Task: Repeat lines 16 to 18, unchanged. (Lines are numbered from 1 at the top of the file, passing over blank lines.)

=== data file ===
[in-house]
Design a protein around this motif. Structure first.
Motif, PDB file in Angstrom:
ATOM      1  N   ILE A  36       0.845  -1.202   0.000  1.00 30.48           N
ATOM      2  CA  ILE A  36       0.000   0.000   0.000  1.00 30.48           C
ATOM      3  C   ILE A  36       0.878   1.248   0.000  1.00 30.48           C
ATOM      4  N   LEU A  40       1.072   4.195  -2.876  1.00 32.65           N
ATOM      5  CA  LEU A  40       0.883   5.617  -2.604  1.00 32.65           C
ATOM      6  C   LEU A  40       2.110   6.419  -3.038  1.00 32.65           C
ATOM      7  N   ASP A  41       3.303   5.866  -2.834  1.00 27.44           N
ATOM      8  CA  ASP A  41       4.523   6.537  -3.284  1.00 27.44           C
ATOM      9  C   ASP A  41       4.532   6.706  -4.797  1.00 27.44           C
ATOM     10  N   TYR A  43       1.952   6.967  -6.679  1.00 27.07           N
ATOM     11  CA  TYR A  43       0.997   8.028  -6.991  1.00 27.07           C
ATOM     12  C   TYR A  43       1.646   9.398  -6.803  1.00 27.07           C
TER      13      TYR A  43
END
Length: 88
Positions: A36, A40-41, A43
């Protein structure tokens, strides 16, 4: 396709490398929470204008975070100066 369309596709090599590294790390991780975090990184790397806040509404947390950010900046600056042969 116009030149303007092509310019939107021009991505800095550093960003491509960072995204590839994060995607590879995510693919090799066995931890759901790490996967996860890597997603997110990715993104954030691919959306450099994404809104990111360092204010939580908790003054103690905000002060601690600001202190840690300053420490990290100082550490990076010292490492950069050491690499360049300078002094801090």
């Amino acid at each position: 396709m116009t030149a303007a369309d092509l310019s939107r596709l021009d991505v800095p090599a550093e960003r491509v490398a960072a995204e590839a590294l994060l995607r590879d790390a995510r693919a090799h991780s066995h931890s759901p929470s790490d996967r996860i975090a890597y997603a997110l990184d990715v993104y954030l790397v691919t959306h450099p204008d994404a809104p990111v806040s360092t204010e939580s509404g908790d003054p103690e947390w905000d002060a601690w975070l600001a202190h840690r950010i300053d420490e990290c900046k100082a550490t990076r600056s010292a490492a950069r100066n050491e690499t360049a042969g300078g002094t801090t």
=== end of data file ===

TER      13      TYR A  43
END
Length: 88